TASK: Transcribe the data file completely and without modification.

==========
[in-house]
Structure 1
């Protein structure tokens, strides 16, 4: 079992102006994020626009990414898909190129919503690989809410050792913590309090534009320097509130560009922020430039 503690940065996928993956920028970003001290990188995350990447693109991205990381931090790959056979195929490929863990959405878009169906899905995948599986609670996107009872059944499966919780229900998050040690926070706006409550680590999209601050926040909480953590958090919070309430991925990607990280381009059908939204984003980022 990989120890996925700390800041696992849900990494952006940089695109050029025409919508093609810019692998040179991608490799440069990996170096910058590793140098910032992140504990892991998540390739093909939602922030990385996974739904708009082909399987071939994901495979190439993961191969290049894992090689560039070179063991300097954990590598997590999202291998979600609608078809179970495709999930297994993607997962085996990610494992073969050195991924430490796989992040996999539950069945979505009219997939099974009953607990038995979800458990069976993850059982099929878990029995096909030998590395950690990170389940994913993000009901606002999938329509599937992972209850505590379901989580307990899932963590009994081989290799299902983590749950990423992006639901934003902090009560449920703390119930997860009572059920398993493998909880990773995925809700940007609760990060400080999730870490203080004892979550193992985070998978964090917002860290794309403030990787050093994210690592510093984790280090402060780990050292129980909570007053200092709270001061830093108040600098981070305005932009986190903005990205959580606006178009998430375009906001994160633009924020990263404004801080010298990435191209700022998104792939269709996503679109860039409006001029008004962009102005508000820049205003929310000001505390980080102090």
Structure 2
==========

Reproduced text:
[in-house]
Structure 1
């Protein structure tokens, strides 16, 4: 079992102006994020626009990414898909190129919503690989809410050792913590309090534009320097509130560009922020430039 503690940065996928993956920028970003001290990188995350990447693109991205990381931090790959056979195929490929863990959405878009169906899905995948599986609670996107009872059944499966919780229900998050040690926070706006409550680590999209601050926040909480953590958090919070309430991925990607990280381009059908939204984003980022 990989120890996925700390800041696992849900990494952006940089695109050029025409919508093609810019692998040179991608490799440069990996170096910058590793140098910032992140504990892991998540390739093909939602922030990385996974739904708009082909399987071939994901495979190439993961191969290049894992090689560039070179063991300097954990590598997590999202291998979600609608078809179970495709999930297994993607997962085996990610494992073969050195991924430490796989992040996999539950069945979505009219997939099974009953607990038995979800458990069976993850059982099929878990029995096909030998590395950690990170389940994913993000009901606002999938329509599937992972209850505590379901989580307990899932963590009994081989290799299902983590749950990423992006639901934003902090009560449920703390119930997860009572059920398993493998909880990773995925809700940007609760990060400080999730870490203080004892979550193992985070998978964090917002860290794309403030990787050093994210690592510093984790280090402060780990050292129980909570007053200092709270001061830093108040600098981070305005932009986190903005990205959580606006178009998430375009906001994160633009924020990263404004801080010298990435191209700022998104792939269709996503679109860039409006001029008004962009102005508000820049205003929310000001505390980080102090």
Structure 2